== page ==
When we left off on the last blog, we learned that Edward Teller joined with Enrico Fermi and introduced the idea for a Super to Oppenheimer at Los Alamos, when they both worked for Oppenheimer in the Manhattan Project. When the war ended, Oppenheimer canceled the Super project, and Teller left Los Alamos to join Fermi in his new Institute for Nuclear Science in Chicago. (While at Fermi’s institute, Teller teamed with Maria Mayer (neé Göppert) for a short while. Mayer later won the Nobel Prize in physics for her research on the structure of the nucleus.)
Meanwhile, Norris Bradbury had replaced Oppenheimer as the director of Los Alamos, and he offered Teller a contract to continue work on the Super, and he ordered a review of the program with the Super Conference of 1946, which was attended by Soviet spy Klaus Fuchs. We’ll pick up the story from there.
In this, our eighth blog of this series of excerpts from my upcoming book From Berkeley to Berlin, we’re going to introduce a character important to the story, Edward Teller. He was one of a small group of eminent Hungarians who would contribute mightily to our national security in the years following the world war. He established himself early in life, into that select community of physicists who were laying the groundwork for twentieth century physics—quantum physics. His thesis advisor at the University of Leipzig was Werner Heisenberg, who was a huge icon of quantum physics, and may be best known to the public as the man the Heisenberg Uncertainty Principle is named after. Later, Teller met and befriended Enrico Fermi.
As a young man, Teller suffered from a severe accident in Munich, Germany, when a street car severed most of his right foot. He used an orthopedic insert for the rest of his life, and it left him with a small but distinctive limp. That characteristic of his has led some to claim that the Hollywood movie character Dr. Strangelove was Teller, because Peter Sellers uses a wheelchair and has a limp. Maybe, but Sellers’ use of the word “doomsday” and other references about nuclear war suggest the character Dr. Strangelove was really based on a RAND analyst named Herman Kahn, who wrote the book On Thermonuclear War.
Well, in our last blog we saw how Lawrence reacted to the discovery of nuclear fission; that discovery could give Hitler a weapon of unimaginable power. Lawrence invented a machine, the calutron, that could separate highly fissionable uranium-235 from natural uranium, and a Rad Lab physicist and chemist, McMillan and Seaborg, discovered plutonium. Often acting alone, Lawrence got government officials, especially Vannevar Bush, to start an atomic program to build an atomic bomb before the Nazis could.
In this blog, we’re going to learn how Lawrence got himself involved with starting an American atomic program. But first, in my last blog, I spoke a little about Lise Meitner and her role in starting a nuclear age—by unraveling a mysterious chemistry experiment and coming up with a theory for how atoms split apart, nuclear fission. This presents a good time to talk about another world class physicist who is not well known by Americans, John Archibald Wheeler.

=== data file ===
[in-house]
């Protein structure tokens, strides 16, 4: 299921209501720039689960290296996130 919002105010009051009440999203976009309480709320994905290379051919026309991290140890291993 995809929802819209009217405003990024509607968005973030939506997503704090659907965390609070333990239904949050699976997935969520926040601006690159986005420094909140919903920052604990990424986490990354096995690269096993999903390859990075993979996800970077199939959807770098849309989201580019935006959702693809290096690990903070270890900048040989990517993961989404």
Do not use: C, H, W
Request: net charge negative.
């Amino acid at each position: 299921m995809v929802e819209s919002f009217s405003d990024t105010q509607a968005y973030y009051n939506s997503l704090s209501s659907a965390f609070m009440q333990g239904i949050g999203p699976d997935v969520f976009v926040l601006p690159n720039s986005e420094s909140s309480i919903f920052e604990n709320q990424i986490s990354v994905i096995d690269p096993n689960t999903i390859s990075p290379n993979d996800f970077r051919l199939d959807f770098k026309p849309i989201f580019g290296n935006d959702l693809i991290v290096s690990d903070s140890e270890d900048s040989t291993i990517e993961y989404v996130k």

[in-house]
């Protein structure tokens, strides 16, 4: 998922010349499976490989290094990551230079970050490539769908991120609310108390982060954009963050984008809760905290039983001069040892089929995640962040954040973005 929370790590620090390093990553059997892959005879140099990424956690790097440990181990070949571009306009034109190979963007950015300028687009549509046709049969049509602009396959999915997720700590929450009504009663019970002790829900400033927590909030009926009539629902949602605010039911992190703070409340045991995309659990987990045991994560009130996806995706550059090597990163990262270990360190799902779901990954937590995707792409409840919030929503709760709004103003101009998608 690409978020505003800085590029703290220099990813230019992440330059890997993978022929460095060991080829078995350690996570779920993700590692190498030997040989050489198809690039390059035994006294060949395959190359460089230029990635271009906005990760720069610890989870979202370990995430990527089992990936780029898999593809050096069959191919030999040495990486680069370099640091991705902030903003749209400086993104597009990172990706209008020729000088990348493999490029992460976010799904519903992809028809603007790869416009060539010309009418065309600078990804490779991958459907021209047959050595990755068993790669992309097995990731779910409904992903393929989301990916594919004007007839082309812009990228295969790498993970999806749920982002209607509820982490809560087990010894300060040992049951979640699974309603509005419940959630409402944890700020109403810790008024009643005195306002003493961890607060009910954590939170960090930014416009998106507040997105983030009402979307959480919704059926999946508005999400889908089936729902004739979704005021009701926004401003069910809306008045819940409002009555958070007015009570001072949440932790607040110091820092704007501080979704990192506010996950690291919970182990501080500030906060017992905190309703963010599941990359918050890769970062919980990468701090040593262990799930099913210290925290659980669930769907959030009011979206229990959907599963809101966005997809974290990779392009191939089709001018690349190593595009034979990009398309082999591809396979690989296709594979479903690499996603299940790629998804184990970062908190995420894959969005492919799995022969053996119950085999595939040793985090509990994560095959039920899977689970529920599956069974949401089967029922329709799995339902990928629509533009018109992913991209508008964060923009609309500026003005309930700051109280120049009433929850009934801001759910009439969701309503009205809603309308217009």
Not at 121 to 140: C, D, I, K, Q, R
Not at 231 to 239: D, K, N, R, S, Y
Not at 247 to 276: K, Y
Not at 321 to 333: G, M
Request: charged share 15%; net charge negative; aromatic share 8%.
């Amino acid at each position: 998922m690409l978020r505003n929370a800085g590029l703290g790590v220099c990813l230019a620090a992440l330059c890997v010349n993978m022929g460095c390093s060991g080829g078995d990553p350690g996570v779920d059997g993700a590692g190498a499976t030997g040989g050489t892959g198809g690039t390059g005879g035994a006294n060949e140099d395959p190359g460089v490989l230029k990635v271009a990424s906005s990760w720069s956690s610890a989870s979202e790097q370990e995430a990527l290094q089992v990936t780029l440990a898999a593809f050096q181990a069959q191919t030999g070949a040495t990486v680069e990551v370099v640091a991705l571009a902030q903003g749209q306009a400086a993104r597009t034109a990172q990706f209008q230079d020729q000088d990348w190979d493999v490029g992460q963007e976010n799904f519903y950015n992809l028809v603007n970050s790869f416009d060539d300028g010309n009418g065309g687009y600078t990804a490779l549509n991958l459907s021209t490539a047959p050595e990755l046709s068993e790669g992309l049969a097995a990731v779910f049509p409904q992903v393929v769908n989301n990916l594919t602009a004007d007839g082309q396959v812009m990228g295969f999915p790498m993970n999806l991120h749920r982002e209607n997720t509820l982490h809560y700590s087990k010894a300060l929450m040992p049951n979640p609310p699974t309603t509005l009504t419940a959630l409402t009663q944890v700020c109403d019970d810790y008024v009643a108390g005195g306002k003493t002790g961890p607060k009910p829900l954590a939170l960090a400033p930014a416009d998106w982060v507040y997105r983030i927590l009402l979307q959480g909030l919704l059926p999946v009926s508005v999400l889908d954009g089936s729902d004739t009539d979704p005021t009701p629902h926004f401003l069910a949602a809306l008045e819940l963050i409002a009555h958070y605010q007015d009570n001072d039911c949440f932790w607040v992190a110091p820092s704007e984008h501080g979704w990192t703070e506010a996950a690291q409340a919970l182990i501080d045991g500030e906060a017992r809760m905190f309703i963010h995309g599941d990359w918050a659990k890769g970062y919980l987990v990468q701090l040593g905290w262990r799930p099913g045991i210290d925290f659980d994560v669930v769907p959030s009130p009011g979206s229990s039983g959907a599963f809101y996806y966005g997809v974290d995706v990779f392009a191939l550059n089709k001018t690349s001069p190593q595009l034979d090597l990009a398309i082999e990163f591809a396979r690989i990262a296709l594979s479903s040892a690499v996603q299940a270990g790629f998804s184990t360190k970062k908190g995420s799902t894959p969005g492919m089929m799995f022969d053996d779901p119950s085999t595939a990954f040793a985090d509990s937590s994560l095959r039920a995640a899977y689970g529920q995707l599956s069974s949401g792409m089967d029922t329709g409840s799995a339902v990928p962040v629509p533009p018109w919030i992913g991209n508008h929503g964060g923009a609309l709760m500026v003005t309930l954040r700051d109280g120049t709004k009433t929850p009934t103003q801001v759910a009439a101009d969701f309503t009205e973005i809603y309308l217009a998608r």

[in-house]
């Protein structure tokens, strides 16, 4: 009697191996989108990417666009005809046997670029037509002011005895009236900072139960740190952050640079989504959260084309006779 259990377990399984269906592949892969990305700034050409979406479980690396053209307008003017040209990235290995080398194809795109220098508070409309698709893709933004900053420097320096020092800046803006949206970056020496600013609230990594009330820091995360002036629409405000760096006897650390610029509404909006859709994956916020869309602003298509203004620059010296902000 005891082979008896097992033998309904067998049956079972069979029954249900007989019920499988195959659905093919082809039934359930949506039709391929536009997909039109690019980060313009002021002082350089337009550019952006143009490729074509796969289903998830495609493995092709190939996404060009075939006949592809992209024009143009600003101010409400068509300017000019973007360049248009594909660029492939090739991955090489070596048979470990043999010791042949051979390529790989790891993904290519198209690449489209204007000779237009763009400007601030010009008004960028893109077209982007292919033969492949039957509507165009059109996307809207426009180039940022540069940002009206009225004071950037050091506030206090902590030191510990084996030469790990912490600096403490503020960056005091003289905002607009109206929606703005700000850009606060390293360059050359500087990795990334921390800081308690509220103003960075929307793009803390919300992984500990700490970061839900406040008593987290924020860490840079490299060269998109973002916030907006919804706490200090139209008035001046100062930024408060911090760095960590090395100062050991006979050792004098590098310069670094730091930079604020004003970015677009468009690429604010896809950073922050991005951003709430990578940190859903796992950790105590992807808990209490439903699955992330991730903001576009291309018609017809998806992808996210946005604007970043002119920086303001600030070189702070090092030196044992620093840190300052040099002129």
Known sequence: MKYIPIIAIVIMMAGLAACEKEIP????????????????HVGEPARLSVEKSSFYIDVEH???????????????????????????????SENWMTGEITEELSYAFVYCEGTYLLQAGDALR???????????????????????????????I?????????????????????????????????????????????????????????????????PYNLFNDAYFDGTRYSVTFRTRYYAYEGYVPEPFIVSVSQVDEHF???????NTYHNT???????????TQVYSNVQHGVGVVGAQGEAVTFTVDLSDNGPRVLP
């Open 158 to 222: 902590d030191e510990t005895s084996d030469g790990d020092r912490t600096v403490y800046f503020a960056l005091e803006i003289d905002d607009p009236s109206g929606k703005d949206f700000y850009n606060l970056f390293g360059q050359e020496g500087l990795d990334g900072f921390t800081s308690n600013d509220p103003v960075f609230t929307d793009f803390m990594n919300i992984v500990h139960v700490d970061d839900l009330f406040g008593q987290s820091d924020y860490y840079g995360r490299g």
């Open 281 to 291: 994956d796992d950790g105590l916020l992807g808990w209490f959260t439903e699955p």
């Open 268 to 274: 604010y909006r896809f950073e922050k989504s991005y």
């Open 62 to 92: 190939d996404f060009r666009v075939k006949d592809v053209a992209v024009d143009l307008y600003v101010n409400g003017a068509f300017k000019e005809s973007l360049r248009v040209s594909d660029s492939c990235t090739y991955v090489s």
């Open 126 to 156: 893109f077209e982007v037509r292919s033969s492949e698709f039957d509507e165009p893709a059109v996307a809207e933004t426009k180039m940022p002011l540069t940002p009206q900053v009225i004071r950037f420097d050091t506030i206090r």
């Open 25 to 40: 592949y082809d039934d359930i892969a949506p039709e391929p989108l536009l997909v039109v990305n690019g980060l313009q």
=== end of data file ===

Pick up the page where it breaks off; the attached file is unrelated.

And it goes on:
In this blog in the From Berkeley to Berlin series, we’re going to look back in time to figure out how we got into and out of the Berlin Crisis. That Kennedy could face down a thug like Khrushchev wasn’t a given—it didn’t just happen. Like almost everything in life, it took a lot of preparation so that Kennedy would have the needed wherewithall to stand up to a war ultimatum. That preponderant strength that National Security Advisor McGeorge Bundy said was so important in seeing us through a nuclear crisis was created over the course of two decades. The essence of the story in From Berkeley to Berlin is to relate how we as a country developed that preponderant strength, and the story begins a quarter century before the Berlin Crisis. The hero of this story is going to be, beyond a doubt, Ernest O. Lawrence. Nevertheless, I thought it would be appropriate to highlight this blog with a portrait of Lise Meitner, a world-class physicist who is not a well-known household personality like Albert Einstein or Marie Curie, but she ought to be. That she could decipher a complicated chemistry experiment and come up with a theory for nuclear fission in a matter of days is astounding. The paper she wrote with her nephew launched us into the nuclear age—didn’t know that, did you? Likewise, one of the finest American physicists of the twentieth century, John Wheeler, is introduced through this excerpt taken from my upcoming book. Like many of you, I’ve read histories of the World War II era about the atomic bomb, and rightfully, many documentaries center the atomic bomb around activities at a remote laboratory called Los Alamos. But are you aware that the discoveries that made an atomic bomb possible occurred in Berkeley? I can only wish I had the time and you had the patience for me to explain why and how those discoveries took place, but perhaps at a later time. Meanwhile, please enjoy these highlights from my upcoming book, From Berkeley to Berlin.